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NEW YORK — Calvert R. Jones: Photographs and Drawings is on view at Hans P. Kraus Jr. Fine Photographs from January 20 through March 31, 2023.

Reverend Calvert Richard Jones (1802-1877), the Welsh marine artist, is recognized as one of the most talented and sophisticated of the early photographers. The recent emergence of previously unknown calotypes, daguerreotypes and drawings from his family archive reveals a diverse and colorful artistic career. Calvert Jones derived truth from nature and found in photography an accurate means of producing studies for artists. William Henry Fox Talbot’s most successful pupil, Jones explored the fusion of Talbot’s negative/positive calotype process with his skills as a draftsman and marine painter, particularly during his Mediterranean travels with Christopher Rice Mansel “Kit” Talbot, Fox Talbot’s younger cousin. As a competent draftsman schooled in the rules of perspective and form, Calvert Jones brought a vitality and an unusually high degree of artistic sensitivity to the new medium of photography.

Swansea, on the south coast of Wales, was a natural place for Jones to photograph. His family had its roots there and its active harbor had long provided subjects for his watercolors; it continued to do so when he began to use the camera. Jones's treatment of urban areas is fascinating. His streets are rarely populated (he sometimes added figures to photographs that he hand-colored). The framing is confident and strong perspectives dominate in the exquisite salt print on display, Street scene with Swansea Castle, Wales, circa 1846, made from a calotype negative. The town clock reveals that it’s two in the afternoon. The awnings of the shops are extended, perhaps to ward off the glare of the afternoon sun. Commanding attention in the middle of the composition is a gaslight, a relatively recent amenity that made urban living both attractive and safe.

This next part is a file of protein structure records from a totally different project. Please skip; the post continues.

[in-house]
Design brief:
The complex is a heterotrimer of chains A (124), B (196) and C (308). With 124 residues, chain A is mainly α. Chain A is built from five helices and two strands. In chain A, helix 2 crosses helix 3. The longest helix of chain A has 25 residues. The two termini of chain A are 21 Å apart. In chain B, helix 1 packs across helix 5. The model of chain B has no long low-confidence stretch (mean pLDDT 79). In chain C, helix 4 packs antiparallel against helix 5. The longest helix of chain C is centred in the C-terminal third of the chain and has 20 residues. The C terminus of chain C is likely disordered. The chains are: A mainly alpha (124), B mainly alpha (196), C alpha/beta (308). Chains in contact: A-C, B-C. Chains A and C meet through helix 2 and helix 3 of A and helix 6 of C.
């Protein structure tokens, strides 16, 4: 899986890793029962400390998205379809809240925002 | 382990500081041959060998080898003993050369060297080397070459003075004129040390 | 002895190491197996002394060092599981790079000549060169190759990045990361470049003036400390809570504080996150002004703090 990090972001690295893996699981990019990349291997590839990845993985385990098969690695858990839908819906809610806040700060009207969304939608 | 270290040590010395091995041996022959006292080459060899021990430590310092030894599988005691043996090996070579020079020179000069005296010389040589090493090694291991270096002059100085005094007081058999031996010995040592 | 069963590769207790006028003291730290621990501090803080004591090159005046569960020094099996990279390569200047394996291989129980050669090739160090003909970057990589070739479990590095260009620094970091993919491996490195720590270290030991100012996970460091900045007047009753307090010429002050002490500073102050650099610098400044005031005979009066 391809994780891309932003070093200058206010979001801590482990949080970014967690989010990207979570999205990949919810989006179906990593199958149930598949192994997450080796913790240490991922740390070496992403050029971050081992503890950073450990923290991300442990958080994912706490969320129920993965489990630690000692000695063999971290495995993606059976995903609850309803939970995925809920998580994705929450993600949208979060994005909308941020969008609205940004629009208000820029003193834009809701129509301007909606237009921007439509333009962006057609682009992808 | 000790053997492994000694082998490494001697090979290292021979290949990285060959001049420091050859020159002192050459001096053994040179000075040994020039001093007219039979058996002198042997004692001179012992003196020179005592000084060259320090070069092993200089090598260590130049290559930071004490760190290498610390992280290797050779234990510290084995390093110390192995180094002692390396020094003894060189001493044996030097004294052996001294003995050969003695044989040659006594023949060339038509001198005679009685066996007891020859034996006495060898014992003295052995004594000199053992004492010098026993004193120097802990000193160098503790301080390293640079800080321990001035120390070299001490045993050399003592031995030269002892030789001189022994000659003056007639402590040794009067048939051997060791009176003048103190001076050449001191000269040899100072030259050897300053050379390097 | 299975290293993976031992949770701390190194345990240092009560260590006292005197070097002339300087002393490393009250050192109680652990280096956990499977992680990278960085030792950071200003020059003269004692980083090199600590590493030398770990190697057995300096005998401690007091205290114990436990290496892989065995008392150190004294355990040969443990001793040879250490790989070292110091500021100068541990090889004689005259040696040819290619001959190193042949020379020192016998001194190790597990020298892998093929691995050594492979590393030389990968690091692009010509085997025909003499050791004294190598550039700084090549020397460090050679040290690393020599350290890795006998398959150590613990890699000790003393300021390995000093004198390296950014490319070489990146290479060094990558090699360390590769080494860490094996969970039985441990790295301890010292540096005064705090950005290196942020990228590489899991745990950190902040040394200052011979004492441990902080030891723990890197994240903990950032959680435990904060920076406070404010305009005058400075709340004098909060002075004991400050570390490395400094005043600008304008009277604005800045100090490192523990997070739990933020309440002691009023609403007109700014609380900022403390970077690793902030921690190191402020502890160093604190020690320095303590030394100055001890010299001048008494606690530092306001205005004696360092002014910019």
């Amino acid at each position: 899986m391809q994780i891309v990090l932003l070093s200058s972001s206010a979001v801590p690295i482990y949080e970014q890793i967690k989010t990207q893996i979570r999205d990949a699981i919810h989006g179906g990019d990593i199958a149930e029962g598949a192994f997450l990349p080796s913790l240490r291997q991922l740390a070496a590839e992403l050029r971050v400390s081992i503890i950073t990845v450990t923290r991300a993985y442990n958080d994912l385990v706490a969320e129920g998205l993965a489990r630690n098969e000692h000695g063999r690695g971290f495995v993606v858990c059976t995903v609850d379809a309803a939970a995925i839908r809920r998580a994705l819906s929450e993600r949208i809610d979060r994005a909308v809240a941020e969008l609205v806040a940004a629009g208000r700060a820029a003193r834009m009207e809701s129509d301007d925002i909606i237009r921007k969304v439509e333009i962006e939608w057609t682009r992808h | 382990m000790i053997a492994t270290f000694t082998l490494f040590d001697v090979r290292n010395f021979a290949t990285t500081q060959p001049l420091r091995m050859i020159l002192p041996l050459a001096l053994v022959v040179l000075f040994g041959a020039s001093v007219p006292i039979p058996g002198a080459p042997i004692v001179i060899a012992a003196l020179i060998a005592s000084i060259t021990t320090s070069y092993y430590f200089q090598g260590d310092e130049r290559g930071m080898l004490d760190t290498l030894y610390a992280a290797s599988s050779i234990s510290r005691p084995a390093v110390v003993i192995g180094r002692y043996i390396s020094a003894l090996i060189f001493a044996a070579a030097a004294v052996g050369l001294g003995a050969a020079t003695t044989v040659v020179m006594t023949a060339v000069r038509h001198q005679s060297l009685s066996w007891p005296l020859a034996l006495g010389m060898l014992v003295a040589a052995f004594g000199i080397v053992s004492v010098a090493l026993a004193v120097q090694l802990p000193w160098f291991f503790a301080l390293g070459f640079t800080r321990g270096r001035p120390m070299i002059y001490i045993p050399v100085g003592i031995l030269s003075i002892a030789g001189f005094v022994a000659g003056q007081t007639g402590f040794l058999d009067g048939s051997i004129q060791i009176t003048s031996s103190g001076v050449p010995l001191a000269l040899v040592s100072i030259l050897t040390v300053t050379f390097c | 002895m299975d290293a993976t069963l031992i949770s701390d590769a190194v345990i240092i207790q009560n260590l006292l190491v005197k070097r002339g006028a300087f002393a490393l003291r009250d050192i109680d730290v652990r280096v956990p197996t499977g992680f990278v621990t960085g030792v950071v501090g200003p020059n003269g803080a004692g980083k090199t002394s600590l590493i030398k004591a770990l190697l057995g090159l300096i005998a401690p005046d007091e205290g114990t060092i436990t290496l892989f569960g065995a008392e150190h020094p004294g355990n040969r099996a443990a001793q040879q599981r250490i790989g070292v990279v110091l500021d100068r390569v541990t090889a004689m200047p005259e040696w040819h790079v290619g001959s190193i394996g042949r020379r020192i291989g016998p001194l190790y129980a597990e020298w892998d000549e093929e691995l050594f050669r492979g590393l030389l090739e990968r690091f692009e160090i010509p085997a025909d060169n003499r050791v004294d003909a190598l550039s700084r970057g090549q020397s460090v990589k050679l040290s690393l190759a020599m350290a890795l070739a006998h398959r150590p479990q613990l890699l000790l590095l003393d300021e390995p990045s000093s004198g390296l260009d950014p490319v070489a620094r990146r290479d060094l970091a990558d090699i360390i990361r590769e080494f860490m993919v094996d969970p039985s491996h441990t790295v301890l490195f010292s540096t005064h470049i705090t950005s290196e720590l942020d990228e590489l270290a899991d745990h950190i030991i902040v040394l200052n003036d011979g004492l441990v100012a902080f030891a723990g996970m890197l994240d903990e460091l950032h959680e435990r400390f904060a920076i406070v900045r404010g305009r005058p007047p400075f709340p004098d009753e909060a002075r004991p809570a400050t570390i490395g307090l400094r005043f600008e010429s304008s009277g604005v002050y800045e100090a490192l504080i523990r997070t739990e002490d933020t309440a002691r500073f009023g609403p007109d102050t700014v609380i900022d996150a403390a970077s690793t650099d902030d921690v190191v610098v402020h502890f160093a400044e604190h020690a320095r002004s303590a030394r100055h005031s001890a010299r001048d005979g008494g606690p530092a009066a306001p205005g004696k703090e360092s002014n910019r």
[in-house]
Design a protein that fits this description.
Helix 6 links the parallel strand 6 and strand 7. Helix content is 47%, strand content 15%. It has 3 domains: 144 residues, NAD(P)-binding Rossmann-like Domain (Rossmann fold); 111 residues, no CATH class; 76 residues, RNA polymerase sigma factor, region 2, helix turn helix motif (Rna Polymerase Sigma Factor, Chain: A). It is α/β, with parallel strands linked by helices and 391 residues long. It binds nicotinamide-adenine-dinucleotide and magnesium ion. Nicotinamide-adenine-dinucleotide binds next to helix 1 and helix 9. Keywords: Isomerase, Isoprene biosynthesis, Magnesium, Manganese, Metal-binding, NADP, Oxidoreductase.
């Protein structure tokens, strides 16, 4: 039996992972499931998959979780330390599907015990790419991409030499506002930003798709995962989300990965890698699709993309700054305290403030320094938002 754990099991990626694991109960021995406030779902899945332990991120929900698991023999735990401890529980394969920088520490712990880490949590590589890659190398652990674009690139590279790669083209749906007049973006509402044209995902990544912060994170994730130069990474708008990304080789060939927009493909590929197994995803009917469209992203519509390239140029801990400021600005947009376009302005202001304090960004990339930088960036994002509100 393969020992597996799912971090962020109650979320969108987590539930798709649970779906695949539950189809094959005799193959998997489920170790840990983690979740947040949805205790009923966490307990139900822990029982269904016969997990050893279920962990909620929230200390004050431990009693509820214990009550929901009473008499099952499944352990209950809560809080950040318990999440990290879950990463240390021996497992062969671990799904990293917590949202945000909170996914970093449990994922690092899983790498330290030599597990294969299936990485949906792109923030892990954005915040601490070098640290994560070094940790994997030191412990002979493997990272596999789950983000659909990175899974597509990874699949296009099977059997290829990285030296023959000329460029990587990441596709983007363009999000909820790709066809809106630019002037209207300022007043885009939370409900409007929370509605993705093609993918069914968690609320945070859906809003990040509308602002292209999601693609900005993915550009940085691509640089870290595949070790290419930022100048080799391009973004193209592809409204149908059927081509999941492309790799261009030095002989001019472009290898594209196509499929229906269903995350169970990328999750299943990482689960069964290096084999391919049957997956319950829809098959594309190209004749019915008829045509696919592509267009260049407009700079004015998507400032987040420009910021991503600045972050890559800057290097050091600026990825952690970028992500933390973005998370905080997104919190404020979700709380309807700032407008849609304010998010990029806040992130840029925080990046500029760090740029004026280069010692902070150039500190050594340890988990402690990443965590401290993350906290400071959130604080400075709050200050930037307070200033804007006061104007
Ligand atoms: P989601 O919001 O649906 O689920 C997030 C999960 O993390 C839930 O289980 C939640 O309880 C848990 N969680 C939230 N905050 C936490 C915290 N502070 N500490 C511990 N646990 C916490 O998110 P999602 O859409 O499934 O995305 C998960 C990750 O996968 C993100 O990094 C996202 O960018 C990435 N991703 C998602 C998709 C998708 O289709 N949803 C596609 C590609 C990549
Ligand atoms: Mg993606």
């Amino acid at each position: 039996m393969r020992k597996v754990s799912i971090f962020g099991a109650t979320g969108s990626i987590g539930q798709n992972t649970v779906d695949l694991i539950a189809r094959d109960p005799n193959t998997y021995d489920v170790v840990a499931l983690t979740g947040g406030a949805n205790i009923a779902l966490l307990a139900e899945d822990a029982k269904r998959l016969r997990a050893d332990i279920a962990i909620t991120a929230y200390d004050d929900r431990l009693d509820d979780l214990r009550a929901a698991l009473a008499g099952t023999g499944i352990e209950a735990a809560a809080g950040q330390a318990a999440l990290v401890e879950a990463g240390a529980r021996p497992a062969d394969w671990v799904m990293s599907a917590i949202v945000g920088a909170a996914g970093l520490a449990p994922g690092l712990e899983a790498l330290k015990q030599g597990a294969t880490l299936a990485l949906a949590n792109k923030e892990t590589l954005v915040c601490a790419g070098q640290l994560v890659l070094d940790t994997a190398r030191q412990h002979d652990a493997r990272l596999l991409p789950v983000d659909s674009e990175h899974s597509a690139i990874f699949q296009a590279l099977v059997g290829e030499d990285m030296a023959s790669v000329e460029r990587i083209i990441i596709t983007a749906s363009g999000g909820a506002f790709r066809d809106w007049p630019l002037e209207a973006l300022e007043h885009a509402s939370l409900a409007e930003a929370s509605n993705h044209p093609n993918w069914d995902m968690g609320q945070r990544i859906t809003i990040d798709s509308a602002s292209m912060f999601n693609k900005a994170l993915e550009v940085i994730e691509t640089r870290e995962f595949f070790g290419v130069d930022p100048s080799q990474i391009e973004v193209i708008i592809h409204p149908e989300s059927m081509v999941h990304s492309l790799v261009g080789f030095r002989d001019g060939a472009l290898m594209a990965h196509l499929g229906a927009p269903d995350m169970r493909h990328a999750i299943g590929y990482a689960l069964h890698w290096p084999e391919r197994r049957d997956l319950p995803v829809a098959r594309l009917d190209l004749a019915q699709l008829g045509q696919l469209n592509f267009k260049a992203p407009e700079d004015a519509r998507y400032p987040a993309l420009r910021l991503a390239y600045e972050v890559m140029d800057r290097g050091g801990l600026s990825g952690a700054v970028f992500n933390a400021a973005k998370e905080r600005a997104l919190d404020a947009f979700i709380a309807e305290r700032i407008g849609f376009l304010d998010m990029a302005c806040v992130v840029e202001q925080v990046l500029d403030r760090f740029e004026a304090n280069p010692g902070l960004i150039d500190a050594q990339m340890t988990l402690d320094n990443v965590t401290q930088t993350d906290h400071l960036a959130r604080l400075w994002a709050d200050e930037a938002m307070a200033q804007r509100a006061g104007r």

Calvert Jones had trained under the watercolorist and drawing master James Duffield Harding, teacher and sketching companion of John Ruskin. Among the accomplished marine sketches and paintings in the exhibition is Jones’s 1830 watercolor Study of sailing vessels, which beautifully captures a sloop tacking into the wind.

Also on display is the hand-colored salt print by Jones, Soldiers in formation, Chiatamone, Naples, made from acalotype negative produced in 1846, expertly merging his photographic skills with his training as a watercolorist. In 1847 Jones had the honor of showing some of his hand-colored salt prints to Queen Victoria, who much admired them and kept one for the Royal Collection.

Calvert Jones learned to make photographs from his friend W. H. Fox Talbot and occasionally they collaborated. On display is View through an open hotel room window, rue de la Paix, Paris, a calotype negative, waxed, 1843-1844, by Fox Talbot or by Jones. No print has yet been located from this negative. The use of the window frame and curtains toadd a dimensional plane makes this negative a striking image on its own.

The exhibition includes a pensive portrait of a Gardener seated with sickle, a salt print from a glass negative, early1850s, one of a series of portraits of family and domestic staff made by Jones for pleasure, not profit, and which could well have served as a study for his own painting. These intimate portrait studies reveal a less known, more personal aspect of Jones’s oeuvre.

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